and that without the risk of generic compression

  111. jonas’

    because it knows more about the stream :)

  112. jonas’

    one major use case would be for instance to tell it about base64 things

  113. jonas’

    you get the base64 overhead completely reverted, with zero risk of generic compression schemes

  114. Zash


  115. jonas’

    and of course put the stream-level element name in a single byte, because they fit in that (with 0xff for "unexpected thing, localname/nsuri pair follows" for instance) instead of N bytes.

  116. jonas’

    (disclaimer: I only briefly looked at EXI and talked to Arc about it a bit, but my understanding is that this is essentially how it works)

  117. jonas’

    next, generic compression is memory intensive (IIRC that was also a good reason not to have it enabled server side?); EXI would probably not be that, or at least you can more easily share the state across streams

  118. moparisthebest

    EXI has dictionaries and such too which could make it vulnerable to CRIME style attacks

  119. Zash

    <hat:server-implementer>Yes, compression uses a ton of extra memory per connection. Happy without that</>

  120. Zash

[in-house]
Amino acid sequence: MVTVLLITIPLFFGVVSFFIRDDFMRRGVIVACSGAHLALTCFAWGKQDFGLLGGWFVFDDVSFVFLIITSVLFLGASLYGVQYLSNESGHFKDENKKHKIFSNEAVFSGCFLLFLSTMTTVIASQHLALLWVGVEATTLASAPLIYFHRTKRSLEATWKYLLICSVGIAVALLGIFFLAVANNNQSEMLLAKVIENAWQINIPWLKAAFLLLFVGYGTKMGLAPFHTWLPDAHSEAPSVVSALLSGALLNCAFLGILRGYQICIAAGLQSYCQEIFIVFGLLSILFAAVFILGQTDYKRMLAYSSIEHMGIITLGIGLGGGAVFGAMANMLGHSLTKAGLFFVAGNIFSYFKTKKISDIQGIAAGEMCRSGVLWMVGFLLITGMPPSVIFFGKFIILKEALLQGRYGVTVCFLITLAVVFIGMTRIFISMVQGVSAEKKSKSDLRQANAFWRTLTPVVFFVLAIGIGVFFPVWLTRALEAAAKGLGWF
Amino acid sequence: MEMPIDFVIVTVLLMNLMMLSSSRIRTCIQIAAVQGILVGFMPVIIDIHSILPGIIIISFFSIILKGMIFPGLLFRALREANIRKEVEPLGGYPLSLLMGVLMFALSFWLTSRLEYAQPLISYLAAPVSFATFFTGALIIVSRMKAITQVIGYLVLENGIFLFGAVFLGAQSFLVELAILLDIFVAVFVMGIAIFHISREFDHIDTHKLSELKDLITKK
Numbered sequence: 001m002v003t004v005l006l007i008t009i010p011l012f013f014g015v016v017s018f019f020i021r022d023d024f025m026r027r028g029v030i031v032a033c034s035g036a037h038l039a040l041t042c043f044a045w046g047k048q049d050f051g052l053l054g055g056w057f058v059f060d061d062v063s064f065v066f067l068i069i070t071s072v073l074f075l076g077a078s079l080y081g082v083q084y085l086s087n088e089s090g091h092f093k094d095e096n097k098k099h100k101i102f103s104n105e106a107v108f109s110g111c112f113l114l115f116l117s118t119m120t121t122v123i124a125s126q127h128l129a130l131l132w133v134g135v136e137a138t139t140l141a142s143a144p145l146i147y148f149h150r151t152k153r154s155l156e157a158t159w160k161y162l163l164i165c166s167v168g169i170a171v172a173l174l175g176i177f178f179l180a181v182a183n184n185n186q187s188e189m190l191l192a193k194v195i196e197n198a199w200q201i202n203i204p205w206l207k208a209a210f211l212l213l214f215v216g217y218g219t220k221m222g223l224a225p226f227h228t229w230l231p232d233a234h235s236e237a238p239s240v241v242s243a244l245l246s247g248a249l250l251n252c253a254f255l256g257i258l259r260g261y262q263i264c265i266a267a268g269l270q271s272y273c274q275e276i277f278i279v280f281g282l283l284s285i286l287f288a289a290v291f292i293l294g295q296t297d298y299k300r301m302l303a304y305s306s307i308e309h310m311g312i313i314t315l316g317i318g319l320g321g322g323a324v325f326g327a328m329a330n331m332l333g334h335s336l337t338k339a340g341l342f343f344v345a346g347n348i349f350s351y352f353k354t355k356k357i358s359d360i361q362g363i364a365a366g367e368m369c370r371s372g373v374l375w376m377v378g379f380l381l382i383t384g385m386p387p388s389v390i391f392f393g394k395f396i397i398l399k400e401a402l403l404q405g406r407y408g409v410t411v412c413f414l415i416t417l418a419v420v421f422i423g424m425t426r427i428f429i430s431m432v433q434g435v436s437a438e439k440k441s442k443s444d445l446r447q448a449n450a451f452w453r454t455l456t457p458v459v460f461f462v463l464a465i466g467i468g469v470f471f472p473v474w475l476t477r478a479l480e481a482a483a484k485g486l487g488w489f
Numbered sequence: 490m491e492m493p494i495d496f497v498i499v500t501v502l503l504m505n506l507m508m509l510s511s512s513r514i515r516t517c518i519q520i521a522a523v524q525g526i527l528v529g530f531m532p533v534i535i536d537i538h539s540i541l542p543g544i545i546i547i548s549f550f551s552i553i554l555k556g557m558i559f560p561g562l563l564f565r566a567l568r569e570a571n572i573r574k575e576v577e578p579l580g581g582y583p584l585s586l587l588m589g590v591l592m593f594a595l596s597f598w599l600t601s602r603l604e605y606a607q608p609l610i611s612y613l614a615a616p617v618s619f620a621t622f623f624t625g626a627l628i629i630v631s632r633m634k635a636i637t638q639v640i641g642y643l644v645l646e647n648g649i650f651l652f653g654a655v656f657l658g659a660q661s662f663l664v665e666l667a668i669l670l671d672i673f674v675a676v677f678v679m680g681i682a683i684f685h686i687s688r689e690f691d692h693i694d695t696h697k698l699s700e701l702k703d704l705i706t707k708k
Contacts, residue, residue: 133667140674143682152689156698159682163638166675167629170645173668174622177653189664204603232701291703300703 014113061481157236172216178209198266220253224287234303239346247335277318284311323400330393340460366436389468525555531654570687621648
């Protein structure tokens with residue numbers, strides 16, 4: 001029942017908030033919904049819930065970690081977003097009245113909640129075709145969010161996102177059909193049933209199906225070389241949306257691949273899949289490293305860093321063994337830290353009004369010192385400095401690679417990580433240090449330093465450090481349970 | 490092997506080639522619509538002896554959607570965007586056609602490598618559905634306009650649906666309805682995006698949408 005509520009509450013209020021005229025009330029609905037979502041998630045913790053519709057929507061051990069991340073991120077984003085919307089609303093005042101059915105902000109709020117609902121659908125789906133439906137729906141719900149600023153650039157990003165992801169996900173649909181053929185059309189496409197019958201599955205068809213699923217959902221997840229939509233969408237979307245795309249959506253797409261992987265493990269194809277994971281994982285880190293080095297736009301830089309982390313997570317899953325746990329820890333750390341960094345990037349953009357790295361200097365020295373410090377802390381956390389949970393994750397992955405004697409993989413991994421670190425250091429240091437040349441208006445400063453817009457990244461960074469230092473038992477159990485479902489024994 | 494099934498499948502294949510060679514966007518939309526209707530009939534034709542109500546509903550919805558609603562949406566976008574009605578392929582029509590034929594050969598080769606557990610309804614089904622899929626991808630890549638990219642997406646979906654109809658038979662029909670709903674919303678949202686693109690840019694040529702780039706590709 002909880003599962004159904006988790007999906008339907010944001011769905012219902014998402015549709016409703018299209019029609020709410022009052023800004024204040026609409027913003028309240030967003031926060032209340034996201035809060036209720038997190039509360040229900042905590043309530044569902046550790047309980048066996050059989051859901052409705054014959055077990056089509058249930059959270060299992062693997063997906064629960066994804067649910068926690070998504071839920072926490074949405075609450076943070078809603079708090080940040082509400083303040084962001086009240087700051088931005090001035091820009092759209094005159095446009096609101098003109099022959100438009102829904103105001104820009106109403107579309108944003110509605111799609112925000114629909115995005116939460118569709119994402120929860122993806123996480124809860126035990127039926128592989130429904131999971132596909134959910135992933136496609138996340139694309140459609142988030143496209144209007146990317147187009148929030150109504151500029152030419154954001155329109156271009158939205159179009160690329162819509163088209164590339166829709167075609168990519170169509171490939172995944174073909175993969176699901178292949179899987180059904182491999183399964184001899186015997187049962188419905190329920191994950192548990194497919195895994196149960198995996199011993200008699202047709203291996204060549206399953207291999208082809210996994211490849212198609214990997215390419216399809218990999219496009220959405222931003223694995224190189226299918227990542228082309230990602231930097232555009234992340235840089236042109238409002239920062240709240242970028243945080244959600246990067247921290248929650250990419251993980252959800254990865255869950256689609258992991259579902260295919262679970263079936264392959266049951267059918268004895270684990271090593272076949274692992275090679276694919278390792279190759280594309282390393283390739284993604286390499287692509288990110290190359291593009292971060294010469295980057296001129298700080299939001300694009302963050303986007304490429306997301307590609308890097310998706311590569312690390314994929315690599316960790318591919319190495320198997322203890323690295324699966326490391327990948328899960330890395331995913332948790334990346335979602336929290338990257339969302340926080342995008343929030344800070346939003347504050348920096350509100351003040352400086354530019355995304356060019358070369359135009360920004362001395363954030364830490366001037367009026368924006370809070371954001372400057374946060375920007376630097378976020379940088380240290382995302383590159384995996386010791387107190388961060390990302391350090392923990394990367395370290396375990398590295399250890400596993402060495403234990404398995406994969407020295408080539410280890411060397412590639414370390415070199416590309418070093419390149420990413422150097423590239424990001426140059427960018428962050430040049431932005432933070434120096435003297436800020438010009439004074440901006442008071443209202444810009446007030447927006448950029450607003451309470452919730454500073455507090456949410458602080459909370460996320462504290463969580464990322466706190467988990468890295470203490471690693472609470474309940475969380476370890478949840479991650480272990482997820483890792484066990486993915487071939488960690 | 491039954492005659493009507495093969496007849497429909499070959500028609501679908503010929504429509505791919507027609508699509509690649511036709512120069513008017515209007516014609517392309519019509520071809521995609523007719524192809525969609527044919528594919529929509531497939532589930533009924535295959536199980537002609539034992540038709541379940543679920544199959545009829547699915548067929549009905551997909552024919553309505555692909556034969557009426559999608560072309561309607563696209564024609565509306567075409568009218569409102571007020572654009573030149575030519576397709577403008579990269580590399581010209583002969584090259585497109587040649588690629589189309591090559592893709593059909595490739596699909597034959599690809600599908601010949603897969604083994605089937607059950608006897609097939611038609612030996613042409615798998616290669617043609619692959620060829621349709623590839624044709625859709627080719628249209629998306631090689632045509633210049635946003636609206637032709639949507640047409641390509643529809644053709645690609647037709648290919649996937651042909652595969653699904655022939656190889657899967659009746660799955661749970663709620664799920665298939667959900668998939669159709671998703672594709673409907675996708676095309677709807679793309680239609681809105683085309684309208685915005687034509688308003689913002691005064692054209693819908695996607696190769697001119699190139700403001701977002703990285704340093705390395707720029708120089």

moparisthebest, only if the dictionaries can be influenced by an attacker

  121. moparisthebest

    and yes, you are right of course that specialized compression can be better, but it's an issue of how much better, and if it's worth actually doing it

  122. moparisthebest

    vs throwing XML at zstd or whatever

  123. Zash

    Using a fixed dictionary likely falls in between generic zlib and EXI

  124. qy

    > moparisthebest wrote: > HL7 *screams*

  125. moparisthebest

    a fellow healthcare ~~sufferer~~worker I see

  126. şişio

    > > <@wuuko:matrix.org> But I still don't understand how XMPP is central. > XMPP as a whole isn't; your user account exists on the server you choose, and all the servers talk to each other, so it's federated (a form of decentralization) just like Matrix in that sense. but when you create a MUC, it exists on the server that it's created on, and that server is responsible for it - if the server goes down, the room is down too

  127. şişio

    What about?

  128. şişio

    But ı think public chats are not important. And XMPP has got default e2e

  129. şişio


  130. şişio

    But rvick doc files e2e is partial

  131. qy

    moparisthebest; i only worked there temporarily

  132. qy

    that was enough...

  133. moparisthebest

    qy: the brain damage is permanent though

  134. şişio

    What's the hell happened?

  135. robertooo

    E2EE in XMPP is not partial. It's perfectly secure, just like Signal.

  136. şişio